Sweet Cherry Trees are a Great Addition to Every Home Garden for Fresh Eating
(originally published by Stark Bros.)

Here are some of the reasons why I love cherries! 1) Cherries contain antioxidants that help reduce inflammation and pain as well as help fight chronic illnesses such as reducing cholesterol; 2) Cherries make a great snack and 3) Cherry blossoms signal spring!

My new cherry trees have just arrived and in this video you will see how I prepare them to be planted in a container.  You will see that these trees look different from the ones that you are used to seeing me work with. These are brand new bare root trees which means they have to be prepared for a container, differently than other already potted plants. Did you even know that it’s possible to plant trees in a container? Let me show you how.

The key to long life is soaking the bare root tree first. I suggest soaking them for about 1-2 hours. You can soak them longer, but no longer than 24 hours which will damage the tree.

While my trees are soaking in a metal container filled with water, I prepare my container for planting. You will see that I have managed to find a large 18 gallon galvanized metal container.  While the tree is soaking, I will prepare my mammoth container with organic soil and fertilizer.

Once the tree has soaked sufficiently, I gently place it in the container. I place the roots deeply into the soil, about 2” below the rim.  And then I do what I call deep watering. It is crucial that a newly planted bare rooted tree is soaked after planting.

Why Plant Cherry trees?

Cherry trees are as versatile in the landscape as any other fruit tree. They can be trained to grow flat against a wall (espaliered) or incorporated in your garden for aesthetic reasons, including the striking hint of red they bring to any landscape, once the tree bears fruit.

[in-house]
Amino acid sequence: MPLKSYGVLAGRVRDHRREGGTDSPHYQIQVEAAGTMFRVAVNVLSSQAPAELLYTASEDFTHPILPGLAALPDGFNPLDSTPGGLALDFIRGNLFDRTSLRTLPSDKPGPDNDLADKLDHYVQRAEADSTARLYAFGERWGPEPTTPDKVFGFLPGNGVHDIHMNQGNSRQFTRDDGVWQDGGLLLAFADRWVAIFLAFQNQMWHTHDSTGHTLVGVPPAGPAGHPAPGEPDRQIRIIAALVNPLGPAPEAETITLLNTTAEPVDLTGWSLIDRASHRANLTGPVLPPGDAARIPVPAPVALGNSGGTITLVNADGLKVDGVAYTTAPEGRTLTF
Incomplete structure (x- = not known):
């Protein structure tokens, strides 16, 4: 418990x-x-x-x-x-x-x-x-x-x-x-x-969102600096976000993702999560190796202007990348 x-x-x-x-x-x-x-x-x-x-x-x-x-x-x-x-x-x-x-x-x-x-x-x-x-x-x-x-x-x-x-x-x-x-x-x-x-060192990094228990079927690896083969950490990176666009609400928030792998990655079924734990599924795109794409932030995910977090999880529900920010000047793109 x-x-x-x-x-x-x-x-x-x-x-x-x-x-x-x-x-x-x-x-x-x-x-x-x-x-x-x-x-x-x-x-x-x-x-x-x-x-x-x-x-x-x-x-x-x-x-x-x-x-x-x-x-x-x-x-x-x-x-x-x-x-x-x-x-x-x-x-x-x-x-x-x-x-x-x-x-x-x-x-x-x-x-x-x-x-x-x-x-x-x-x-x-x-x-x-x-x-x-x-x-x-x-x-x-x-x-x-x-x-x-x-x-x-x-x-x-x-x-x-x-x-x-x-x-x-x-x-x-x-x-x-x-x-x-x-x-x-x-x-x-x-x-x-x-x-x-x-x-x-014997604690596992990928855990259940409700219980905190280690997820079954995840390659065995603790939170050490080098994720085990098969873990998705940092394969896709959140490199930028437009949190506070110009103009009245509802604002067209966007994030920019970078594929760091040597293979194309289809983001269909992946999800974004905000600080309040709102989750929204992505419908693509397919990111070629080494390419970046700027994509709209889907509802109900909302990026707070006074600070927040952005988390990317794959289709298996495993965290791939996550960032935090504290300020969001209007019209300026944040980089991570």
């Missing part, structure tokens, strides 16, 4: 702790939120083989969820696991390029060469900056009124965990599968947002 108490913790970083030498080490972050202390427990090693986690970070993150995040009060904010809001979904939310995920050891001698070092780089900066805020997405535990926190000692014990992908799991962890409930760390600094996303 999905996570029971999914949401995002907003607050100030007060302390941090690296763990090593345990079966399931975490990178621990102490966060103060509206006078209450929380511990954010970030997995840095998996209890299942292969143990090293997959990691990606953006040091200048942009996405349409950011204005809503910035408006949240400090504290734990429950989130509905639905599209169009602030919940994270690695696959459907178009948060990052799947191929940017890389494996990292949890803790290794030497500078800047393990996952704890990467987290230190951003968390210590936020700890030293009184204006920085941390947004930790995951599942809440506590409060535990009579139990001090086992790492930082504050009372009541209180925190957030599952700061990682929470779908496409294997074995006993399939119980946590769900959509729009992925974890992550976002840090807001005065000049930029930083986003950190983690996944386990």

Cherry trees thrive in most of America from zones 4-9. They require a cold winter in order to produce a bountiful harvest. When planting cherry trees, you need to plant at least two different varieties for the trees to cross-pollinate and bear fruit. I have chosen to plant black gold cherries and white gold cherries. You can also choose to grow sour cherries which are often self pollinating.  Some self-pollinating sweet cherry cultivars also exist.

Planting tips:

  1. The best time to plant your cherry tree is in early spring or fall.
  2. Plant your cherry tree in a sunny spot with at least 6-8 hours of sunlight in slightly acidic soil adding an organic fertilizer like compost or bone meal.
  3. Lightly mulch, keeping the mulch away from the trunk of the tree
  4. Regular watering in the first year will insure proper root growth and establishment of the tree
  5. Fertilize once per year in the spring and prune in the late winter when the tree is dormant. Be careful not to take off too much of the 2 year old branches.
  6. Once your tree is mature little or no pruning is needed.
  7. Fruit bearing cherry trees, can provide a harvest of 10 to 15 quarts of cherries from dwarf cherry trees and 30-50 quarts of cherries for standard size cherry trees.
  8. Pick the cherries when they are fully ripe which may mean waiting until the cherries are about to fall off the tree. This ensures that your cherries are at the peak of their sweetness.